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prisoner at work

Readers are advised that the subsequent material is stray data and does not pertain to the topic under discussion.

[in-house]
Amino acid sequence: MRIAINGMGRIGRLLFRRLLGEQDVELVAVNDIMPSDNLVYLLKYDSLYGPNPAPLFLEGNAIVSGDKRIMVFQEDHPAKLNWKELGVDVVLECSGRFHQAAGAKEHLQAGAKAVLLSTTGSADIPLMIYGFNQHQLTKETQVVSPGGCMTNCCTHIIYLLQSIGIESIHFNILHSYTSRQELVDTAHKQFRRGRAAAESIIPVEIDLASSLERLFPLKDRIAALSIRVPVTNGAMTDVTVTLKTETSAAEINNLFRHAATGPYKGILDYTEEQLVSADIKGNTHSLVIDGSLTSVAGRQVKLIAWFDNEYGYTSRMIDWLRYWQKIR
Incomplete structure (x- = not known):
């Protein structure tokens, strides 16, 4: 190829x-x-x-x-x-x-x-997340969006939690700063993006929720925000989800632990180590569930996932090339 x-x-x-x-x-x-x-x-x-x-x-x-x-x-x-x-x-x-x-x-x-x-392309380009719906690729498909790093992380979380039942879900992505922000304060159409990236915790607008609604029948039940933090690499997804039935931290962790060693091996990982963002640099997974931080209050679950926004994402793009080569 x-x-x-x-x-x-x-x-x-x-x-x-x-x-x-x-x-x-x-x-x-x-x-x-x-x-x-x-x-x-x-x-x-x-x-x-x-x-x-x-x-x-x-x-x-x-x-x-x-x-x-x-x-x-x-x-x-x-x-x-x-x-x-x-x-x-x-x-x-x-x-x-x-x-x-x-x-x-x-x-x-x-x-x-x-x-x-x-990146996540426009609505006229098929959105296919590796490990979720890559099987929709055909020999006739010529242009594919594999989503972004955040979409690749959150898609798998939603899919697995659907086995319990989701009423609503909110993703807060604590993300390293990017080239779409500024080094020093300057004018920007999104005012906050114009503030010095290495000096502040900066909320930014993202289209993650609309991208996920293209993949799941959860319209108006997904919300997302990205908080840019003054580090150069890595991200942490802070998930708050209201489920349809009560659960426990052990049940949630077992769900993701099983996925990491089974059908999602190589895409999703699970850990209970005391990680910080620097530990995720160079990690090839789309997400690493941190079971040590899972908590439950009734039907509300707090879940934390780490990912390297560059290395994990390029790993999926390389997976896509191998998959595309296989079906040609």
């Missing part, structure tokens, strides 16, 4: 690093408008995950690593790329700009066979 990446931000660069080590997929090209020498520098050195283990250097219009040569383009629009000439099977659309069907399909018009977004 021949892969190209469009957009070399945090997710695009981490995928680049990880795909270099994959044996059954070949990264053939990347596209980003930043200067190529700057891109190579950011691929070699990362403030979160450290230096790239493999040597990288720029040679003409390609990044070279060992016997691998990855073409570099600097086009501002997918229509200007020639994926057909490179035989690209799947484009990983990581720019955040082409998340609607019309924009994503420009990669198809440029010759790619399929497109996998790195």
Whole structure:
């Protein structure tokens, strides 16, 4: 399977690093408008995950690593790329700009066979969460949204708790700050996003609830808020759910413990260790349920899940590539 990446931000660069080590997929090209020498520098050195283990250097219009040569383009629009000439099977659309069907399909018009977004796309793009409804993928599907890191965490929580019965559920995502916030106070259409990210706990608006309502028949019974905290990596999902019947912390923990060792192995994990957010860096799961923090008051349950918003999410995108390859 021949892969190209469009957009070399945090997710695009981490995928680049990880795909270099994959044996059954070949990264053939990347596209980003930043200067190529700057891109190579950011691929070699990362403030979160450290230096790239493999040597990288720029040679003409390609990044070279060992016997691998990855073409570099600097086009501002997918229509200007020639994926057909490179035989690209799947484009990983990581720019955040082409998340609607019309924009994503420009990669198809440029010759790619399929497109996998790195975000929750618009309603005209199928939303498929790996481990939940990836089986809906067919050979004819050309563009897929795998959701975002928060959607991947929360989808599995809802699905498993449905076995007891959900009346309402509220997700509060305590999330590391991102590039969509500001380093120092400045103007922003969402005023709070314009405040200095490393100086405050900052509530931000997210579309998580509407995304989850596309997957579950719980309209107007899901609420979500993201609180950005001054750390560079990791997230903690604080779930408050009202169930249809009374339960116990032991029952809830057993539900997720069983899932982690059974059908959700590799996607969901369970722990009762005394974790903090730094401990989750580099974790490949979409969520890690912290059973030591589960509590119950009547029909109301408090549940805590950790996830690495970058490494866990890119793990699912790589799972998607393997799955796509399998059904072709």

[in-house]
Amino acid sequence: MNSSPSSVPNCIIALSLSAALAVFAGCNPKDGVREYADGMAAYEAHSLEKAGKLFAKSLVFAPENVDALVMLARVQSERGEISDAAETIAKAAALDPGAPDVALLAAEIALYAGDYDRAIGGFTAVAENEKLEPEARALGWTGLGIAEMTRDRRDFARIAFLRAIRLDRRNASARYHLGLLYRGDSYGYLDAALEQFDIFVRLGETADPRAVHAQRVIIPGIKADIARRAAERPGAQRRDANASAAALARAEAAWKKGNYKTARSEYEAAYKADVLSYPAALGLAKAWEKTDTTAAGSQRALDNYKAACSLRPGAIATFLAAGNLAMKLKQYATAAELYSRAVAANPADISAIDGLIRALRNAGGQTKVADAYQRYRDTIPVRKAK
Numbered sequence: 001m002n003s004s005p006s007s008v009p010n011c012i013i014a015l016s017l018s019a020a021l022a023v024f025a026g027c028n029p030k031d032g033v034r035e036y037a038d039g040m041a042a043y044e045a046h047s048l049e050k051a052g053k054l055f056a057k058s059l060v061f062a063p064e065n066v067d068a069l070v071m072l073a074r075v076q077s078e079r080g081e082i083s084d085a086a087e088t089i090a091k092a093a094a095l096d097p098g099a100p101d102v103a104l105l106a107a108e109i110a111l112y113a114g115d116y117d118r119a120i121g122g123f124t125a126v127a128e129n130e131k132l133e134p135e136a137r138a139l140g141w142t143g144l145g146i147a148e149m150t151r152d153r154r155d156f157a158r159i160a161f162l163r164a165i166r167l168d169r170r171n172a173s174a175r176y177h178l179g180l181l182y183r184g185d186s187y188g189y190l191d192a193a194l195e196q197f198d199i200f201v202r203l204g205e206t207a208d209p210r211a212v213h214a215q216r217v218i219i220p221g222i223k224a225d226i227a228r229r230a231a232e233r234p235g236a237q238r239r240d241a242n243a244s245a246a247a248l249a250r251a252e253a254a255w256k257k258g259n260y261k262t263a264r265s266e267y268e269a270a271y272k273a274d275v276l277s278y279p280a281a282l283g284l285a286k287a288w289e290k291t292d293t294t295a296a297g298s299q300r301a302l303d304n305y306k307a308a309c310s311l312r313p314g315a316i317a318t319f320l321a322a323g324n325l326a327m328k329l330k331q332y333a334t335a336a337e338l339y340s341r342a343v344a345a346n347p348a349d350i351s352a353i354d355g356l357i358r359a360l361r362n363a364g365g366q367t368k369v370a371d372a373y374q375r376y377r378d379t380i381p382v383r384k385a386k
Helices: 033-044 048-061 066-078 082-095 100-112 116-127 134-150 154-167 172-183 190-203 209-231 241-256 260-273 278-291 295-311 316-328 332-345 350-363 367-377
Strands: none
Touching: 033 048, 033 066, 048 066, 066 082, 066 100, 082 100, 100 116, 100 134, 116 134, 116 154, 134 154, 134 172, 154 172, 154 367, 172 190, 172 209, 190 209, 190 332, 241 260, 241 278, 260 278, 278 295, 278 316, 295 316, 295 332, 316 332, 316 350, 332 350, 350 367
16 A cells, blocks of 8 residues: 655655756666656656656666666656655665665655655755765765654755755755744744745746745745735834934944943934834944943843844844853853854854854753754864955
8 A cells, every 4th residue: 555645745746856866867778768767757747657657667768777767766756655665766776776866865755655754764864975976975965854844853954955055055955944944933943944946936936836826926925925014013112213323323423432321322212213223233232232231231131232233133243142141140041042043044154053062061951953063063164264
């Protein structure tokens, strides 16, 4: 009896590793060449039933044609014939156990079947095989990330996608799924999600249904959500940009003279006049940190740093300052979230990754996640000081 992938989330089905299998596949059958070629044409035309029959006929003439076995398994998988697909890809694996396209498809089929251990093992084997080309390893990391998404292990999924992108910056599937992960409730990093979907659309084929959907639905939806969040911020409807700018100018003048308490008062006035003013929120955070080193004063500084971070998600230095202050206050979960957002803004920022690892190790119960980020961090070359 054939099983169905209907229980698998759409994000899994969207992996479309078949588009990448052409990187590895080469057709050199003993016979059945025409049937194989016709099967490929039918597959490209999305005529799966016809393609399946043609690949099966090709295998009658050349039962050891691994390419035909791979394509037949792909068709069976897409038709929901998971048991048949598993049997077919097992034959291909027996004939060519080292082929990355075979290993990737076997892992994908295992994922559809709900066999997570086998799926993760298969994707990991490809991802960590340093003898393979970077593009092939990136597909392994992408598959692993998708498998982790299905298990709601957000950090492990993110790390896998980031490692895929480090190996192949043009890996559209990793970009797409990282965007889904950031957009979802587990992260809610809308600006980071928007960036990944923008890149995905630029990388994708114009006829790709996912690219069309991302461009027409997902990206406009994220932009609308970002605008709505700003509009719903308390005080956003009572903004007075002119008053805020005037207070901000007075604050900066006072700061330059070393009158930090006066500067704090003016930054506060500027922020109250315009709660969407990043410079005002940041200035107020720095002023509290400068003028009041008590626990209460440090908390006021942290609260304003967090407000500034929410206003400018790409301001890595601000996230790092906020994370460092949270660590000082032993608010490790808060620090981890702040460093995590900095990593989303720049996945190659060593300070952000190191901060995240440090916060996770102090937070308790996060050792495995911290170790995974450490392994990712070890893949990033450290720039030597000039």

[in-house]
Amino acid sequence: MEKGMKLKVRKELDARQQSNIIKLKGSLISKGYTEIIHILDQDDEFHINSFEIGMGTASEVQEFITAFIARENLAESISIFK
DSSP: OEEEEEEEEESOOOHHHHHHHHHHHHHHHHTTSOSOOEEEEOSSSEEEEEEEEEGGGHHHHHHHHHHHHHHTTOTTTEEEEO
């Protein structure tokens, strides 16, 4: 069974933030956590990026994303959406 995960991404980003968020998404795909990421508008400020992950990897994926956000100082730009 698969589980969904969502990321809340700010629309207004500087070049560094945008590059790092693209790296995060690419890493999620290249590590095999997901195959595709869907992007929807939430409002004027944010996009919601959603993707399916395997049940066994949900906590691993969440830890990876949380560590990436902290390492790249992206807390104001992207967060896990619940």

Prisoners at Work Currently at least 36 states have industries which are operating within prison walls and employ inmates. Why have prisoners at work? There are four main reasons for putting inmates to work: 1) to raise revenue through the selling of goods and services made and provided by the inmates themselves; 2) to increase punishment (no more sitting around and loafing in prison all day); 3) to rehabilitate by instilling work ethics and skills that will help the inmate in the future); and 4) to better manage the population by giving the inmates something productive to do, keeps them busy. (Gondles 1999) The History section of this booklet shows that prison industries are nothing new, and that these industries have long been a point of heated debate. On one side, the public wants to keep prison costs down and these industries go a long way towards making some institutions self-sufficient. On the other hand, people do not want to lose their jobs to convicted criminals. Opponents of prison industries generally disagree with the policy of allowing prison industries to compete with private sector companies. They claim that the low labor costs give prison industries an unfair advantage in the marketplace. It is true that inmate labor is cheaper, an inmate may make between .23 cents and a few dollar per hour where a worker in the free world would make between 8 to 12 dollars per hour for the same job. What opponents do not realize is that most states have laws requiring inmates to work, and there are simply not enough menial task to keep inmates busy. It is also to be noted that only about 50% of the countries inmate population works and only about 6.7 of the inmates are involved in a correctional industry (Ingley, 99). Why do we have such an outcry against so few participant? Sure, there are horror stories, such as Crisp county Georgia where some employees where laid off from recycling plant (subsequently ending up back on welfare), and were replaced by inmate labor from a local women's prison (Cook, 1999).

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